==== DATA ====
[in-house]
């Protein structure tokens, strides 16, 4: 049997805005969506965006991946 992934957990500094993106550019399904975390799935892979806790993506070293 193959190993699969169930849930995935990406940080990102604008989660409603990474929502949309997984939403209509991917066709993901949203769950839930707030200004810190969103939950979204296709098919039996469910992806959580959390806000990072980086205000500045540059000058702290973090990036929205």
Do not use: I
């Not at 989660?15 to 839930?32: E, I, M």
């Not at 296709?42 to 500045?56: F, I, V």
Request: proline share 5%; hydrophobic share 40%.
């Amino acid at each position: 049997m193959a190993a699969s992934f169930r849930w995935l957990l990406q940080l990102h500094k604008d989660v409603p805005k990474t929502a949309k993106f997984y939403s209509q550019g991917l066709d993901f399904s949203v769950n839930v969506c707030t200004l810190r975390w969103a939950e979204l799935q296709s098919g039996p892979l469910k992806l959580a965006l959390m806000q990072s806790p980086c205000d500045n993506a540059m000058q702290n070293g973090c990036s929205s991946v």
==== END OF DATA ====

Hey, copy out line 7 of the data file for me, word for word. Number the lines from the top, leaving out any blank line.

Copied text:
């Amino acid at each position: 049997m193959a190993a699969s992934f169930r849930w995935l957990l990406q940080l990102h500094k604008d989660v409603p805005k990474t929502a949309k993106f997984y939403s209509q550019g991917l066709d993901f399904s949203v769950n839930v969506c707030t200004l810190r975390w969103a939950e979204l799935q296709s098919g039996p892979l469910k992806l959580a965006l959390m806000q990072s806790p980086c205000d500045n993506a540059m000058q702290n070293g973090c990036s929205s991946v």